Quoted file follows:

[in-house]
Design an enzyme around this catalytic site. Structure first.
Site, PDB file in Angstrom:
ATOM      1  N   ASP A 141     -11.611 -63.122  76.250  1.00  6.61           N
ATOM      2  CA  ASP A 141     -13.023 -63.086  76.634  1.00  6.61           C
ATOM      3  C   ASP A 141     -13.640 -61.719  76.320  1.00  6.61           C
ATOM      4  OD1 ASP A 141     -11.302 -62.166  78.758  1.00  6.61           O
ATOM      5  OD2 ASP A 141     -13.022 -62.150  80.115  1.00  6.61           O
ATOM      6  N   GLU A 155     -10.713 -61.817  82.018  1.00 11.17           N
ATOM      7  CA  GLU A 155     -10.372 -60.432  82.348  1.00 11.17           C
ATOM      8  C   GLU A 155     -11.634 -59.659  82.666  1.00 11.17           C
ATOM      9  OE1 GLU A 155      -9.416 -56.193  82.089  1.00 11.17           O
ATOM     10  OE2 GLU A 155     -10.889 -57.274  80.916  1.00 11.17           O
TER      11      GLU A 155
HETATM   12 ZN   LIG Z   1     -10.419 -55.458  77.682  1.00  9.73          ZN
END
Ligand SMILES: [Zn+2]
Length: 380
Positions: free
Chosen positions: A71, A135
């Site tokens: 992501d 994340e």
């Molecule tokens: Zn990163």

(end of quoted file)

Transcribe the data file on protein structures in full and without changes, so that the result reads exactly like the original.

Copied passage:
[in-house]
Design an enzyme around this catalytic site. Structure first.
Site, PDB file in Angstrom:
ATOM      1  N   ASP A 141     -11.611 -63.122  76.250  1.00  6.61           N
ATOM      2  CA  ASP A 141     -13.023 -63.086  76.634  1.00  6.61           C
ATOM      3  C   ASP A 141     -13.640 -61.719  76.320  1.00  6.61           C
ATOM      4  OD1 ASP A 141     -11.302 -62.166  78.758  1.00  6.61           O
ATOM      5  OD2 ASP A 141     -13.022 -62.150  80.115  1.00  6.61           O
ATOM      6  N   GLU A 155     -10.713 -61.817  82.018  1.00 11.17           N
ATOM      7  CA  GLU A 155     -10.372 -60.432  82.348  1.00 11.17           C
ATOM      8  C   GLU A 155     -11.634 -59.659  82.666  1.00 11.17           C
ATOM      9  OE1 GLU A 155      -9.416 -56.193  82.089  1.00 11.17           O
ATOM     10  OE2 GLU A 155     -10.889 -57.274  80.916  1.00 11.17           O
TER      11      GLU A 155
HETATM   12 ZN   LIG Z   1     -10.419 -55.458  77.682  1.00  9.73          ZN
END
Ligand SMILES: [Zn+2]
Length: 380
Positions: free
Chosen positions: A71, A135
């Site tokens: 992501d 994340e």
């Molecule tokens: Zn990163």